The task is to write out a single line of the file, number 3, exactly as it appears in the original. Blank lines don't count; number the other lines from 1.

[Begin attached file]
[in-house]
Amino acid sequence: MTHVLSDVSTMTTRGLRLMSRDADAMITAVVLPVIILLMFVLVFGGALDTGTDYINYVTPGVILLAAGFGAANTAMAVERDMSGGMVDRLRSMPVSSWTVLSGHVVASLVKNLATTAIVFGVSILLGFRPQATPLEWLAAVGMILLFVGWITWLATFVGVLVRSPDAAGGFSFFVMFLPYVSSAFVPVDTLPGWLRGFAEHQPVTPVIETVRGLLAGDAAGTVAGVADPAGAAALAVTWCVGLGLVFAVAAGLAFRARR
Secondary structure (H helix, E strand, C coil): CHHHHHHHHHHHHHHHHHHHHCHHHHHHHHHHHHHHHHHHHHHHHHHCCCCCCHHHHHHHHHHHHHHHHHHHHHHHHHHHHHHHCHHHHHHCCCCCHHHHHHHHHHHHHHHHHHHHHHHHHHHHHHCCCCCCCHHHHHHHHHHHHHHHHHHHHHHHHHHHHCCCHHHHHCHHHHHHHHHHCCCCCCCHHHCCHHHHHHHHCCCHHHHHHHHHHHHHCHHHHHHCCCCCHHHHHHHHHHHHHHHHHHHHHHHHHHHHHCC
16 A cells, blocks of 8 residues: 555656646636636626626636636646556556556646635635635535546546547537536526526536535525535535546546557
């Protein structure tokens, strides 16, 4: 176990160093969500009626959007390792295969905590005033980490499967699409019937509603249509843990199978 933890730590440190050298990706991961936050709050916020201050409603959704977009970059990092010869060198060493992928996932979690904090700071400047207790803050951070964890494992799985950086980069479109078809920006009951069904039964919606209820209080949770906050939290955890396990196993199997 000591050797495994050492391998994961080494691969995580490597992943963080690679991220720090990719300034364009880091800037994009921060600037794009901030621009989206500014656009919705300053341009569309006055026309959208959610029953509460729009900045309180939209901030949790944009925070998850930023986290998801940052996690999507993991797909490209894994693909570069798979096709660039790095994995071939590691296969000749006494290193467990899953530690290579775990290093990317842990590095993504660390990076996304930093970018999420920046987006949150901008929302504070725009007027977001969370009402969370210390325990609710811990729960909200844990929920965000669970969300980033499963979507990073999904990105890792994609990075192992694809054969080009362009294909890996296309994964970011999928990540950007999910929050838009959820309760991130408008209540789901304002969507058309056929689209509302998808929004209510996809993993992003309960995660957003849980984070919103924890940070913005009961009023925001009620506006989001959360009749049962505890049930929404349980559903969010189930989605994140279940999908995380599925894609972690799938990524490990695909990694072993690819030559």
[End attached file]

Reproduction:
Secondary structure (H helix, E strand, C coil): CHHHHHHHHHHHHHHHHHHHHCHHHHHHHHHHHHHHHHHHHHHHHHHCCCCCCHHHHHHHHHHHHHHHHHHHHHHHHHHHHHHHCHHHHHHCCCCCHHHHHHHHHHHHHHHHHHHHHHHHHHHHHHCCCCCCCHHHHHHHHHHHHHHHHHHHHHHHHHHHHCCCHHHHHCHHHHHHHHHHCCCCCCCHHHCCHHHHHHHHCCCHHHHHHHHHHHHHCHHHHHHCCCCCHHHHHHHHHHHHHHHHHHHHHHHHHHHHHCC